by Kumiko Nemoto
It might be expected that a surge in the number of highly educated women living in an advanced economy and under a democracy should increase gender equality in that society, including the number of women leaders in business. However, despite such a surge in Japan, it remains one of the least gender-equal advanced countries in the world, with women constituting only 11 percent of managers and only 3 percent of board members.
My new book asks why the number of women remains so low in upper management in Japanese companies in Japan.
The absence of women leaders in a workplace hierarchy and a large concentration of women at the bottom is known as vertical sex segregation. The vertical sex segregation of Japanese companies is closely related to corporate management, the employment structure, and institutional features that support corporate customs.
UK Labour Force Survey July-October 2014 quarterly data, N=3377.
by Daniel Laurison and Sam Friedman
How “sticky” is your class of origin? That is, how much does the class you’re born in affect where you end up?
This is the question sociologists of social mobility seek to answer, and they almost always do it by looking at the association between parents and children on one measure of class position – occupation. Decades of this research show that social origin is a strong predictor of life outcomes – that is, there is much less intergenerational mobility than there would be if one’s class origin had no effect on one’s class destination.
But one limitation of this work is that it tends to assume that a person’s trajectory ends at the point they enter an occupation.
In our recent study, we take a different approach by looking at earnings among those in high-status jobs. We show that even when those from working-class backgrounds secure admission into Britain’s elite occupations, they don’t necessarily go on to achieve the same earnings as those from more privileged backgrounds. In other words, workers in the higher managerial and professional occupations experience a “class pay gap.”
by Laura Hanson Schlachter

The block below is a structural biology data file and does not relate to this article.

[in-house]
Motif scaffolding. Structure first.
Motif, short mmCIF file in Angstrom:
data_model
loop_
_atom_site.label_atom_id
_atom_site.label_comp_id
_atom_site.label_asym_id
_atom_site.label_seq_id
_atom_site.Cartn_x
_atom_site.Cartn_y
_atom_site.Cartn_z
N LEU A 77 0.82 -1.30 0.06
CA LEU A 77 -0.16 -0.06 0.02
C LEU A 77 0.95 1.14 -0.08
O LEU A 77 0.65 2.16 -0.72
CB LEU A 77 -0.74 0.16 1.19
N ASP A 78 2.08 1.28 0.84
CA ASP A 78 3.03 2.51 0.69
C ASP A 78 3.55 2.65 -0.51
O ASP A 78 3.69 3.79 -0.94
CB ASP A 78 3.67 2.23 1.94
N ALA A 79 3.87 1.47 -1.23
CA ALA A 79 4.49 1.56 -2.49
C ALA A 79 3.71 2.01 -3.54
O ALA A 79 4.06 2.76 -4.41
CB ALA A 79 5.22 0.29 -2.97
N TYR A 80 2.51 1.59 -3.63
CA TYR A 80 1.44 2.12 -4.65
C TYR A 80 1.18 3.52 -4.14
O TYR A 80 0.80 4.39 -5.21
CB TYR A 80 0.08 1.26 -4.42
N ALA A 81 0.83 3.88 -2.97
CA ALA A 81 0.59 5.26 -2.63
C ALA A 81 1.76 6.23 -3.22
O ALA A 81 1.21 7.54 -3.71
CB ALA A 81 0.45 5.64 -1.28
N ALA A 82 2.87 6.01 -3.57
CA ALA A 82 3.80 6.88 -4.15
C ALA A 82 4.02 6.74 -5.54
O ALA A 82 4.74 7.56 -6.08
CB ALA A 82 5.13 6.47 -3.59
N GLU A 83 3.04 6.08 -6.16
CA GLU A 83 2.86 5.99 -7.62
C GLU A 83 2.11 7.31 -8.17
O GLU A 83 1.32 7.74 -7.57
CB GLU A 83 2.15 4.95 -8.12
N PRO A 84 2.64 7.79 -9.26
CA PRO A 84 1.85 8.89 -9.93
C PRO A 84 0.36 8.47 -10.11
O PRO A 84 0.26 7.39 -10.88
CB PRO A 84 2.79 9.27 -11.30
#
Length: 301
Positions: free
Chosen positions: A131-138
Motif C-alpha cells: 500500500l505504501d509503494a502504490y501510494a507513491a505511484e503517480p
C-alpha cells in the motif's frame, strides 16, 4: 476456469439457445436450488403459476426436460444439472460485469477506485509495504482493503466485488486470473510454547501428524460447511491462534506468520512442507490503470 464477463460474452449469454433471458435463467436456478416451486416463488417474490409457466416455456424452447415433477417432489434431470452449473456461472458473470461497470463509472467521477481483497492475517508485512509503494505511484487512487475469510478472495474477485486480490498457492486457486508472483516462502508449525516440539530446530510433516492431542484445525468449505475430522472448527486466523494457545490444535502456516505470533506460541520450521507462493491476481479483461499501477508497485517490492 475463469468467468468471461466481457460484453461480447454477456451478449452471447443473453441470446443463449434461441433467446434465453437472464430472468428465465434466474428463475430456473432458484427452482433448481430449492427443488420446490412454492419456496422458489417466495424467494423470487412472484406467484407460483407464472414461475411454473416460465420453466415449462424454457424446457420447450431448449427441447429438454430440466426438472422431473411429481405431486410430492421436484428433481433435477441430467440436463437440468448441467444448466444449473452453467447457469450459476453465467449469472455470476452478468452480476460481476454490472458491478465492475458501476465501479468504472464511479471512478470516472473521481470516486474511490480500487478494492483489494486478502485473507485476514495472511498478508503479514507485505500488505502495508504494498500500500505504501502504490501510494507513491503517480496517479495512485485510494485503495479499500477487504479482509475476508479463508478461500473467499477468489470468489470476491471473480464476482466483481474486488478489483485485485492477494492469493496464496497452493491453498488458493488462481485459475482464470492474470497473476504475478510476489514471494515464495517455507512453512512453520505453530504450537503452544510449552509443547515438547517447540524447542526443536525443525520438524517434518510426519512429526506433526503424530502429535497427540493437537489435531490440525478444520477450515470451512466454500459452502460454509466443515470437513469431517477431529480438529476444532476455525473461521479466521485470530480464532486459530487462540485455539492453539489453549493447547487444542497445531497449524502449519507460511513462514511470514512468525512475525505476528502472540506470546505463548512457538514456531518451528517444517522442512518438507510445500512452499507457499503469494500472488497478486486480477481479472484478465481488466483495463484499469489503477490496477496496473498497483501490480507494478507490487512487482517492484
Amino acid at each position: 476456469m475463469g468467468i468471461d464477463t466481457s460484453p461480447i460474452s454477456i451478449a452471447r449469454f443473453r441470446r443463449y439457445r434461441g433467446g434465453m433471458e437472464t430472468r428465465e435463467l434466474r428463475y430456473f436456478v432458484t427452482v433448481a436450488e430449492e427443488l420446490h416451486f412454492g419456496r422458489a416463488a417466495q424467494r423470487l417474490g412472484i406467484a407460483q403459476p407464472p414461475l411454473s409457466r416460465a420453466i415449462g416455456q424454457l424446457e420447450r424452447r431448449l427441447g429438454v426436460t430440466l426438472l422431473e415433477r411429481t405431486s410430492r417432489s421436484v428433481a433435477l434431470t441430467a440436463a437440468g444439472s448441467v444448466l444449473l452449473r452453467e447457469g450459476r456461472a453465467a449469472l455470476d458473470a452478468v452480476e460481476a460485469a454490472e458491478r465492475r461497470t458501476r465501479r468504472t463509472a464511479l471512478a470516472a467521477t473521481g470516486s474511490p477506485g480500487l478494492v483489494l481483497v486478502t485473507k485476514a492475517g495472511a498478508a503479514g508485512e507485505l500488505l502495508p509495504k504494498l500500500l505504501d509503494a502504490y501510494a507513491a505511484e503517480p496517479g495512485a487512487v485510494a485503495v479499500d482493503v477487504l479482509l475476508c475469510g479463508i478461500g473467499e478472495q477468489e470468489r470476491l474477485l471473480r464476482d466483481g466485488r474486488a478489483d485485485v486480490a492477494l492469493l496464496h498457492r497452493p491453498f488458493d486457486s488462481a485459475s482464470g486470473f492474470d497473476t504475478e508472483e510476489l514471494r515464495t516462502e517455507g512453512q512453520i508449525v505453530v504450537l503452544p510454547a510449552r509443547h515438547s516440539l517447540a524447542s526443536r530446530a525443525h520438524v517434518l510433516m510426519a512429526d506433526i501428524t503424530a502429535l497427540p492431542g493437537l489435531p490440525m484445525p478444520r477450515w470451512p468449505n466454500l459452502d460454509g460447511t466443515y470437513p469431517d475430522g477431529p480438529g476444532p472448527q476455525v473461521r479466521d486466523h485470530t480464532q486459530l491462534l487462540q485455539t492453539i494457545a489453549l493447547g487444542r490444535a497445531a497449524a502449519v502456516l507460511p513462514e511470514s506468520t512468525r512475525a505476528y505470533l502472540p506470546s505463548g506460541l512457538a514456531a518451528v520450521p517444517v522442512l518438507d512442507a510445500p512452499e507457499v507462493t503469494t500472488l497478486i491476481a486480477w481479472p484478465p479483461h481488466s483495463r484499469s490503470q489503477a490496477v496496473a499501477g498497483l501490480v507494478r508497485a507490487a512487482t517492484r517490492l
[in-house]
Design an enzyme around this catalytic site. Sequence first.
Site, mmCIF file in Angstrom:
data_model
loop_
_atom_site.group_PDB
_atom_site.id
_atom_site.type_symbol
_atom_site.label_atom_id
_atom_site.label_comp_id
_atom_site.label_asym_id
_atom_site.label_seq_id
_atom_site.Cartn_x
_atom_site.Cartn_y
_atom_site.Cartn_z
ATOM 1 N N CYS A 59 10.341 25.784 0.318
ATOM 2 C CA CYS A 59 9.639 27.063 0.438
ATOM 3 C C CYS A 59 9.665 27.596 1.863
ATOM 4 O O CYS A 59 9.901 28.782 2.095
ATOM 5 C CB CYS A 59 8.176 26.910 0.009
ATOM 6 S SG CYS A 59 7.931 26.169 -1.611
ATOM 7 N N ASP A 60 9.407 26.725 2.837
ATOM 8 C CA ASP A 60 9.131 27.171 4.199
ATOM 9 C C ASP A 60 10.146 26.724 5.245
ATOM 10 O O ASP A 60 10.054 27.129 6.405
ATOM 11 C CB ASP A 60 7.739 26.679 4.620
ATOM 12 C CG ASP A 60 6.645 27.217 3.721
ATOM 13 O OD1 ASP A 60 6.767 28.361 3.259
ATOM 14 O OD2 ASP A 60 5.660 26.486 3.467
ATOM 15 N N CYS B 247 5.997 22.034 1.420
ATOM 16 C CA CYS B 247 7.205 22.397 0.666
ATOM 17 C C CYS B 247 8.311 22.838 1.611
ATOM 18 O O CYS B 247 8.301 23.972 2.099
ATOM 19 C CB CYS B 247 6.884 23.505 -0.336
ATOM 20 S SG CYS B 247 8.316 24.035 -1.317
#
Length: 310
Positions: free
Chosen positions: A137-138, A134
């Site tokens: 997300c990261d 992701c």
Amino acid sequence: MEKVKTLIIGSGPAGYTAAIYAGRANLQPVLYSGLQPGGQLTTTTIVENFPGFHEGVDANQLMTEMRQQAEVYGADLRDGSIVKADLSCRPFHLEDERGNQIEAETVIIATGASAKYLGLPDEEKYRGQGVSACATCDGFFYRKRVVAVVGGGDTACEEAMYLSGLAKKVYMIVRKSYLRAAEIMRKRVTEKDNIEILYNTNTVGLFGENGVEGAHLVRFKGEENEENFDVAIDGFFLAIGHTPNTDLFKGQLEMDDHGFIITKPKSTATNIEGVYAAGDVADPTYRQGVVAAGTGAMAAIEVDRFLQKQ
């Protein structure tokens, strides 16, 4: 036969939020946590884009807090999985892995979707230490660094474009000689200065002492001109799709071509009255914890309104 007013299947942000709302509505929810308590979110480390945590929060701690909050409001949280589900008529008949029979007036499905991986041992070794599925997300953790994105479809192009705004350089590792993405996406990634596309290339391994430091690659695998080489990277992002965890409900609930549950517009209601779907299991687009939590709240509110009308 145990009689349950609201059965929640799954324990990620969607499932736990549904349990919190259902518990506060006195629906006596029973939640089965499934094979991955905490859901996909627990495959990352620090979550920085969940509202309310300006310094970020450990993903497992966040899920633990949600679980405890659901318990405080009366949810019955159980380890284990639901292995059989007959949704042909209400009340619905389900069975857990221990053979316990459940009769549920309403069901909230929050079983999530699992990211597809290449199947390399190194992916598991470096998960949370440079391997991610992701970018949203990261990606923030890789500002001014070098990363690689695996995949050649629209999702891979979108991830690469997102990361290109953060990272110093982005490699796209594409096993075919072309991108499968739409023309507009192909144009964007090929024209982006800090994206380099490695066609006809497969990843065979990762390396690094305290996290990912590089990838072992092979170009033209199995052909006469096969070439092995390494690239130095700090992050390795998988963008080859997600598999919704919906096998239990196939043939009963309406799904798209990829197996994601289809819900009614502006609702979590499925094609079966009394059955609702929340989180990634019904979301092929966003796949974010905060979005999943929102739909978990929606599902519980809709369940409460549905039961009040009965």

The United States is experiencing an explosion of interest in worker cooperatives: firms owned and democratically governed by workers according to the principle of one worker, one vote. According to a forthcoming report by the Democracy at Work Institute, two-thirds of American worker co-ops formed after 2000 and the sector has grown 8.5 percent since 2013.
Although some of the energy is coming from longtime employee ownership advocates, a surprising number of unions are also wading into the worker co-op development game.
Union interest was catalyzed, in part, by a 2009 agreement to promote union co-ops between the United Steelworkers (USW) and the Mondragon worker cooperatives in Spain. The agreement marked a turning point in the debate about whether unions and worker co-ops are stronger together. It also helped inspire a new generation of start-up efforts explicitly emulating the USW-Mondragon model.
Democratic worker ownership can offer employment stability, solidarity, wealth accumulation, and other benefits to workers. Yet scaling up worker co-ops is no easy task. Low formation rates, cultural individualism, lack of financing, and unwieldy governance structures are major constraints.
Can directly engaging unions in the worker cooperative formation process help make democratic worker ownership more widely available to workers?
In a recent study, I identify six possibilities and dilemmas of union involvement in worker cooperative development through a case study of the Cincinnati Union Co-op Initiative. This nonprofit incubator has launched three union co-ops since 2011 and become a hub for efforts to implement the USW-Mondragon model across the country.
by Laura Doering and Sarah Thébaud
Sociologists have long argued that we don’t just gender-stereotype individual men and women. We gender-stereotype jobs as well. For instance, we tend to think of firefighters as masculine and preschool teachers as feminine.
This kind of stereotyping has important implications for all kinds of labor market outcomes. It shapes applicant pools, hiring decisions, pay, and performance evaluations, among other things.
But how quickly do jobs get gender stereotyped in the first place? And to what extent do such stereotypes affect the authority that men and women experience? Our research reveals that when we attach gender stereotypes to jobs, both women and men can experience disadvantage.
In our recently published study, we looked at how clients responded to managers in a job that was not already gender-stereotyped because it was relatively new and gender-balanced in its composition: a commercial microfinance loan manager.
Since this job had no clear gender association, we reasoned that clients would treat the role as masculine or feminine based on the first person with whom they interacted. That is, if a client was first paired with a male manager, that client would come to treat the role as if it were a “man’s job.” And if a client was first paired with a woman, he or she would treat the role as if it were a “woman’s job.”